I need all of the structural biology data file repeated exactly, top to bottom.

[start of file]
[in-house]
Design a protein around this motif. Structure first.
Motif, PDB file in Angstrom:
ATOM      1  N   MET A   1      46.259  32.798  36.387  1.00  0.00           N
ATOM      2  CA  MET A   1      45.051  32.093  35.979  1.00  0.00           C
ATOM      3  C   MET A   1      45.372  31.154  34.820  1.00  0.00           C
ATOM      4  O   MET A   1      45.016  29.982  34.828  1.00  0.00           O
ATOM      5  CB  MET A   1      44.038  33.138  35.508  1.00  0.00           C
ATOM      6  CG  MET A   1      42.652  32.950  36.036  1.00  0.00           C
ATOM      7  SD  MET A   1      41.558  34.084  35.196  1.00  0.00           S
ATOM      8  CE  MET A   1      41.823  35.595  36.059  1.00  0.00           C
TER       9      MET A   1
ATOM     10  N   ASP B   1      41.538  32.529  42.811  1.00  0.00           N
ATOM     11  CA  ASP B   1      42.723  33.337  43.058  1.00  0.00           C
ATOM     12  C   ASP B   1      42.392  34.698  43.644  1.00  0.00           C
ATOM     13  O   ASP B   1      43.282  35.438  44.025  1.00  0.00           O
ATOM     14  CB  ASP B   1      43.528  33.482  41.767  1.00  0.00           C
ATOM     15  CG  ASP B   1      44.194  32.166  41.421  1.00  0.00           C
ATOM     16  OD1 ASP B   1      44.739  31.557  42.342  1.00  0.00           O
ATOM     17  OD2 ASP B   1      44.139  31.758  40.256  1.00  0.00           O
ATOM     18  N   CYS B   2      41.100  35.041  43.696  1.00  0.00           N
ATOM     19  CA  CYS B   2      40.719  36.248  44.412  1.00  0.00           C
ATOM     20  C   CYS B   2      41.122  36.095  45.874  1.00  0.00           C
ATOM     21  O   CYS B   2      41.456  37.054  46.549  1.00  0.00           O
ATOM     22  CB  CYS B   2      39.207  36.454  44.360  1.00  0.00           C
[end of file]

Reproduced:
[in-house]
Design a protein around this motif. Structure first.
Motif, PDB file in Angstrom:
ATOM      1  N   MET A   1      46.259  32.798  36.387  1.00  0.00           N
ATOM      2  CA  MET A   1      45.051  32.093  35.979  1.00  0.00           C
ATOM      3  C   MET A   1      45.372  31.154  34.820  1.00  0.00           C
ATOM      4  O   MET A   1      45.016  29.982  34.828  1.00  0.00           O
ATOM      5  CB  MET A   1      44.038  33.138  35.508  1.00  0.00           C
ATOM      6  CG  MET A   1      42.652  32.950  36.036  1.00  0.00           C
ATOM      7  SD  MET A   1      41.558  34.084  35.196  1.00  0.00           S
ATOM      8  CE  MET A   1      41.823  35.595  36.059  1.00  0.00           C
TER       9      MET A   1
ATOM     10  N   ASP B   1      41.538  32.529  42.811  1.00  0.00           N
ATOM     11  CA  ASP B   1      42.723  33.337  43.058  1.00  0.00           C
ATOM     12  C   ASP B   1      42.392  34.698  43.644  1.00  0.00           C
ATOM     13  O   ASP B   1      43.282  35.438  44.025  1.00  0.00           O
ATOM     14  CB  ASP B   1      43.528  33.482  41.767  1.00  0.00           C
ATOM     15  CG  ASP B   1      44.194  32.166  41.421  1.00  0.00           C
ATOM     16  OD1 ASP B   1      44.739  31.557  42.342  1.00  0.00           O
ATOM     17  OD2 ASP B   1      44.139  31.758  40.256  1.00  0.00           O
ATOM     18  N   CYS B   2      41.100  35.041  43.696  1.00  0.00           N
ATOM     19  CA  CYS B   2      40.719  36.248  44.412  1.00  0.00           C
ATOM     20  C   CYS B   2      41.122  36.095  45.874  1.00  0.00           C
ATOM     21  O   CYS B   2      41.456  37.054  46.549  1.00  0.00           O
ATOM     22  CB  CYS B   2      39.207  36.454  44.360  1.00  0.00           C